University of California, Riverside: Using physics to explain the transmission effects of different SARS-CoV-2 mutations

University of California, Riverside: Using physics to explain the transmission effects of different SARS-CoV-2 mutations. “During the SARS-CoV-2 pandemic, multiple new and more transmissible variants of the virus have emerged. Understanding how specific mutations affect SARS-CoV-2 transmission could help us to better understand the biology of the virus and to control outbreaks. This, however, is a challenging task, said John Barton, an assistant professor of physics and astronomy at the University of California, Riverside, who is presenting results from his research titled ‘Inferring the Effects of Mutations on SARS-CoV-2 Transmission From Genomic Surveillance Data’ at the American Physical Society’s March Meeting.”

KVUE: Dell Children’s sees unusual trend of kids infected with COVID-19, other viruses at the same time

KVUE: Dell Children’s sees unusual trend of kids infected with COVID-19, other viruses at the same time. “During this COVID-19 surge, pediatricians are seeing an unusual trend of patients being infected with COVID-19 and a typical winter virus like the flu at the same time. ‘In pediatrics, very rarely you have two or three illnesses happening at the same time,’ said Dell Children’s Medical Center Chief Medical Officer Dr. Meena Iyer.”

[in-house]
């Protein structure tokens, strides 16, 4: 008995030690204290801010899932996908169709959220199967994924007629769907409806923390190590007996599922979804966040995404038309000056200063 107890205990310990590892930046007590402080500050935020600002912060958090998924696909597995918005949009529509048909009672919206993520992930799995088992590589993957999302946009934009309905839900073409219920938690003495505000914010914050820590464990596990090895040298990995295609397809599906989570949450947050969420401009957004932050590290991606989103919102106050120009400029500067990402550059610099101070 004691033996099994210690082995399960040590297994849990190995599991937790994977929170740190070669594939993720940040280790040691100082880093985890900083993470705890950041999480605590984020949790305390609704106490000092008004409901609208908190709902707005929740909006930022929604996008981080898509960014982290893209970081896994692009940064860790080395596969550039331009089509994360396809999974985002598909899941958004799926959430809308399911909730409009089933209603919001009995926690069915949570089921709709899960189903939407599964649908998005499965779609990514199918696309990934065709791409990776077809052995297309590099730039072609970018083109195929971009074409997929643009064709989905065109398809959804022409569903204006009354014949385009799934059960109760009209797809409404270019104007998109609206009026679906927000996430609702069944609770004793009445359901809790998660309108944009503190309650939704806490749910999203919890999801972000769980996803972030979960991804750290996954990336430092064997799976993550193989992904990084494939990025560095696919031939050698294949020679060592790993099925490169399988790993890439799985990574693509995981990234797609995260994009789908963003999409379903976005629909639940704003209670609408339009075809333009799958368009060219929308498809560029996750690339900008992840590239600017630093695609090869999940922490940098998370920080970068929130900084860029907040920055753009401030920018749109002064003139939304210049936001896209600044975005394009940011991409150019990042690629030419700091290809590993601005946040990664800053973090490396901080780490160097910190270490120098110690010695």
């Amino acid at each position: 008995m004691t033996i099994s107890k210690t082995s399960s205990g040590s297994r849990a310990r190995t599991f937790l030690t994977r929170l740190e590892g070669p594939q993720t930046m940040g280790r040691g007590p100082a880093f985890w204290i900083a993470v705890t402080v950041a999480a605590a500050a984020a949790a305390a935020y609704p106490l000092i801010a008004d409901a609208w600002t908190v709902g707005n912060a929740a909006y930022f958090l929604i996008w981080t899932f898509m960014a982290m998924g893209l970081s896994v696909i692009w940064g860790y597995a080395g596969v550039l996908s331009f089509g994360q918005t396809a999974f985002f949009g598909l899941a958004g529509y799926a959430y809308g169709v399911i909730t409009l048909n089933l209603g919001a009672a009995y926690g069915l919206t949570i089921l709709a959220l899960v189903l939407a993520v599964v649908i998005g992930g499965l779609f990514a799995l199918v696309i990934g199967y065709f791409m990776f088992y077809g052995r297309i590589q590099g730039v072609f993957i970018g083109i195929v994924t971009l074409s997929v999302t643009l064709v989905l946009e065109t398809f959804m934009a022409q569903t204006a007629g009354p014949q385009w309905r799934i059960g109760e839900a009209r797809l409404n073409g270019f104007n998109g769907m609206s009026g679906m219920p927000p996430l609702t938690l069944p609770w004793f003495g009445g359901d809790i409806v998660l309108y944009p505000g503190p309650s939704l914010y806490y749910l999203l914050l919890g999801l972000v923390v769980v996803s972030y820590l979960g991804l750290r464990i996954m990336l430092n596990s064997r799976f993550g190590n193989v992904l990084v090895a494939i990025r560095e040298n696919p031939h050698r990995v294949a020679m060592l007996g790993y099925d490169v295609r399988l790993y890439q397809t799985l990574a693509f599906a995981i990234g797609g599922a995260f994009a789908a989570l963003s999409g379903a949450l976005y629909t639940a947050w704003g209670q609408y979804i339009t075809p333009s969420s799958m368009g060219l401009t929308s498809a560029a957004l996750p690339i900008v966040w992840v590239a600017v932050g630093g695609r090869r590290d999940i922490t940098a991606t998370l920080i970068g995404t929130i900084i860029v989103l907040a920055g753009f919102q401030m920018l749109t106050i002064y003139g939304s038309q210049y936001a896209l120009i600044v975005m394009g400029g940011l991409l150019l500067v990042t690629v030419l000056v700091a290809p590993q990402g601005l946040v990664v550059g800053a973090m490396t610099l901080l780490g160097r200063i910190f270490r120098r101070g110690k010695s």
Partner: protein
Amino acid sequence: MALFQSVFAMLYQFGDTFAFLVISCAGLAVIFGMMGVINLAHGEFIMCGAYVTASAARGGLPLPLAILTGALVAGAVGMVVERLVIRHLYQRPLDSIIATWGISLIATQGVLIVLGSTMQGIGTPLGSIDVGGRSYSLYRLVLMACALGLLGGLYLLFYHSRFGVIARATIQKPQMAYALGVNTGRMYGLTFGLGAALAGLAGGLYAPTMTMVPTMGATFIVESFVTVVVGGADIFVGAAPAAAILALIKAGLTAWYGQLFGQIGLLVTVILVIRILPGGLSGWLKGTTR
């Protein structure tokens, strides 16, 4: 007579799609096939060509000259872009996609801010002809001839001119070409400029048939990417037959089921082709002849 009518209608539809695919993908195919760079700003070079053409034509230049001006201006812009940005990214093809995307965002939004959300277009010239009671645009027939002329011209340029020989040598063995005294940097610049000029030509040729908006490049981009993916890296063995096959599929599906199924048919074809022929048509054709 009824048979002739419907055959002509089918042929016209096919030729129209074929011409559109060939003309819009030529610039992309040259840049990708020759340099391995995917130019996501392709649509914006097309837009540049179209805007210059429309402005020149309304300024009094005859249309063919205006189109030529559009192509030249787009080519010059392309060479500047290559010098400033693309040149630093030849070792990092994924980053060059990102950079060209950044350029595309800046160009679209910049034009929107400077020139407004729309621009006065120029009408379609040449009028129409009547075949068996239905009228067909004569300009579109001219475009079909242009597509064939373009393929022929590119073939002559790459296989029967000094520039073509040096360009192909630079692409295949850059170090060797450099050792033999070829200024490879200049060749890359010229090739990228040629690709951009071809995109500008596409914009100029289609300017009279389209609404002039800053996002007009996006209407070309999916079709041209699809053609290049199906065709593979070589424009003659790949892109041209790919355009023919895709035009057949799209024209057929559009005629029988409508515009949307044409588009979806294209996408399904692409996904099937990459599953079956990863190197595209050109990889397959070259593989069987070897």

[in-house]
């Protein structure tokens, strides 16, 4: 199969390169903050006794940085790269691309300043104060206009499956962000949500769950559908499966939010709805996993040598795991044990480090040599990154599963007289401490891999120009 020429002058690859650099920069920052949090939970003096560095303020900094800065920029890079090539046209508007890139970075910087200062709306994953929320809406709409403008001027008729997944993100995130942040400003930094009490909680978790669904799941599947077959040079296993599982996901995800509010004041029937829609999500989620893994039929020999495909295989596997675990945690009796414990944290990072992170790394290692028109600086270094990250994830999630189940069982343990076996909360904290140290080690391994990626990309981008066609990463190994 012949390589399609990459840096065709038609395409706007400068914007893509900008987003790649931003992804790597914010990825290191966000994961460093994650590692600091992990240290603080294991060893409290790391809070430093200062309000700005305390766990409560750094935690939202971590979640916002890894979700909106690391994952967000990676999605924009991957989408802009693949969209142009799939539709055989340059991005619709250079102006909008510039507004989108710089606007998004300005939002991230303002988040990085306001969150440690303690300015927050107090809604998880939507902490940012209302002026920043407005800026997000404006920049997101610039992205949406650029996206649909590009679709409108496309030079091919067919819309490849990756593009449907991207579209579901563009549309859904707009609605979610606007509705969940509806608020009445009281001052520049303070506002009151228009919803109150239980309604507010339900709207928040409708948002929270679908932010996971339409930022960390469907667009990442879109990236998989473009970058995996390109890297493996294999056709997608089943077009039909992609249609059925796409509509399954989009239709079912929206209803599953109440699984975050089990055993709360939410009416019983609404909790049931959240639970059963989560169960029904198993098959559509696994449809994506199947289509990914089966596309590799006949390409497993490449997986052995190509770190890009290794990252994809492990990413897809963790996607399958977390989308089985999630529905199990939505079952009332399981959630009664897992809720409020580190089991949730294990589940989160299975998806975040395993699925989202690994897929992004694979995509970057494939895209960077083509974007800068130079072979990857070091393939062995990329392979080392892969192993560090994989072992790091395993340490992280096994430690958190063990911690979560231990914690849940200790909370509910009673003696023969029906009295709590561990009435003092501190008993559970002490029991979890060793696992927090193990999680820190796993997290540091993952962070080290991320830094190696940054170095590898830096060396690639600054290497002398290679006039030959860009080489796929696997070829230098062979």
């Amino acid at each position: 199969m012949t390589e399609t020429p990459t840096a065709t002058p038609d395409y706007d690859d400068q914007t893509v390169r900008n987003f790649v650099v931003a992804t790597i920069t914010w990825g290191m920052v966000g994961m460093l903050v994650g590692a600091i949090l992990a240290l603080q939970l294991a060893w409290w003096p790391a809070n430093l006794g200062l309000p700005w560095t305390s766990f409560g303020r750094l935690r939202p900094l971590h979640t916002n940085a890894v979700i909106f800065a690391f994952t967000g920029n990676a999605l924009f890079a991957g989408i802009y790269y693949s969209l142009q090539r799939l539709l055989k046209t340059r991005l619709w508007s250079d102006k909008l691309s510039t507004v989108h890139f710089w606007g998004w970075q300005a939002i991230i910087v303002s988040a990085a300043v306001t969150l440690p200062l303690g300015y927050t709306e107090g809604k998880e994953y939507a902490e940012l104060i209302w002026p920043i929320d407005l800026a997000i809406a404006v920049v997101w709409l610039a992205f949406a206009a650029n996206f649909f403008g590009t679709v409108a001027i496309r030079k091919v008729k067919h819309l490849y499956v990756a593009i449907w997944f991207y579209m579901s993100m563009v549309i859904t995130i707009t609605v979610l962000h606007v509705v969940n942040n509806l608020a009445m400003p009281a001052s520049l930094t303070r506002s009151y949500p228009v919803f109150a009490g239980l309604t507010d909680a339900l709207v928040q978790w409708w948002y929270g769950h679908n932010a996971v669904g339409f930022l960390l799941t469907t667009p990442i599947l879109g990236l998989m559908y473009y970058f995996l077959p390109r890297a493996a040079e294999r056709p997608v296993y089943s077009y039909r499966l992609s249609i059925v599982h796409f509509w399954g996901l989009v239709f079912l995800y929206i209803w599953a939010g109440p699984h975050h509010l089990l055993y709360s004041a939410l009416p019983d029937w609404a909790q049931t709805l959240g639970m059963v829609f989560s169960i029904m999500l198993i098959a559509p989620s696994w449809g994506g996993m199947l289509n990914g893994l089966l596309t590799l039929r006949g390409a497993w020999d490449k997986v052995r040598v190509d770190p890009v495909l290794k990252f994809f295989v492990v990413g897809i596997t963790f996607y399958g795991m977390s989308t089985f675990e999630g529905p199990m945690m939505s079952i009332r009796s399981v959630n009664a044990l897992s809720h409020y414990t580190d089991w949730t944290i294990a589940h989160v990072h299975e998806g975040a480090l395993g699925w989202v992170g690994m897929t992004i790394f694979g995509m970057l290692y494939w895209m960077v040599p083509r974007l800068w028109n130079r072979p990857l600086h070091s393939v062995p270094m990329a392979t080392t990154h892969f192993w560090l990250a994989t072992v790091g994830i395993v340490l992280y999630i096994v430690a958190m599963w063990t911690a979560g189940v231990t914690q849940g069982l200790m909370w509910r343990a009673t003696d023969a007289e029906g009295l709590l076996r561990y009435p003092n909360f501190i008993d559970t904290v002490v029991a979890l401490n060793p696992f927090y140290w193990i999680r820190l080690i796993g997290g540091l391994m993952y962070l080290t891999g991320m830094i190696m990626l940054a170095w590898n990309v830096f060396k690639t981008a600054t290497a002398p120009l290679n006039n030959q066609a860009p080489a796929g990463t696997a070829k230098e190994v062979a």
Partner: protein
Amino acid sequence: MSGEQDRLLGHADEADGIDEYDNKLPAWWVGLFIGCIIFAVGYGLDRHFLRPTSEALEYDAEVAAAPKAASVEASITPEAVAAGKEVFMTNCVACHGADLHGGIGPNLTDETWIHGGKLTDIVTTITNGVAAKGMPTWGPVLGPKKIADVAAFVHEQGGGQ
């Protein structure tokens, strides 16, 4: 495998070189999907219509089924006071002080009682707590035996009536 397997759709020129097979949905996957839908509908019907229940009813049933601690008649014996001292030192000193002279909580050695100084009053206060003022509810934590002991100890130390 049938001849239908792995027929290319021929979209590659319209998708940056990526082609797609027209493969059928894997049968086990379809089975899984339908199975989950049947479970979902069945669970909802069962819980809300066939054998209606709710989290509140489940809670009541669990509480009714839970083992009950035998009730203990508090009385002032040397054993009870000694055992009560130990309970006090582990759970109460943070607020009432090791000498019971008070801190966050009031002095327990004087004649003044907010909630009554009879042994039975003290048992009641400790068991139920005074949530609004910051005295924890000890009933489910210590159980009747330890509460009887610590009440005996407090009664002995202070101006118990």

Covid 19 Omicron outbreak: mRNA vaccine credited with removing warts in weird booster side effect (New Zealand Herald)

New Zealand Herald: Covid 19 Omicron outbreak: mRNA vaccine credited with removing warts in weird booster side effect. “A Sydney-based woman has credited her booster dose of the Covid-19 vaccine with removing two persistent warts she’s had for five years. Erin Riley said she made the discovery two weeks after receiving a mRNA Covid vaccine, which currently include Pfizer-BioNTech or Moderna.”

Harvard Gazette: ‘This virus is a shape-shifter’

Harvard Gazette: ‘This virus is a shape-shifter’. “In an effort to predict future evolutionary maneuvers of SARS-CoV-2, a research team led by investigators at Harvard Medical School has identified several likely mutations that would allow the virus to evade immune defenses, including natural immunity acquired through infection or from vaccination, as well as antibody-based treatments.”

University of Virginia: Scientists Target Next Pandemic With ‘Map’ To Victory Over Viruses

University of Virginia: Scientists Target Next Pandemic With ‘Map’ To Victory Over Viruses. “University of Virginia School of Medicine researcher Wladek Minor and collaborators in China and Poland have developed an internet information system, called virusMED, that lays out all we know about the atomic structure and potential vulnerabilities of more than 800 virus strains from 75 different virus families, including SARS-CoV-2, influenza, Ebola and HIV‑1. Several of the collaborators, including the lead investigator, Heping Zheng, are former students and members of Minor’s lab at UVA.”

New York Times: Why Everyone Has the Worst Summer Cold Ever

New York Times: Why Everyone Has the Worst Summer Cold Ever. “Months of pandemic restrictions aimed at Covid-19 had the unintended but welcome effect of stopping flu, cold and other viruses from spreading. But now that masks are off and social gatherings, hugs and handshakes are back, the run-of-the-mill viruses that cause drippy noses, stuffy heads, coughs and sneezes have also returned with a vengeance.”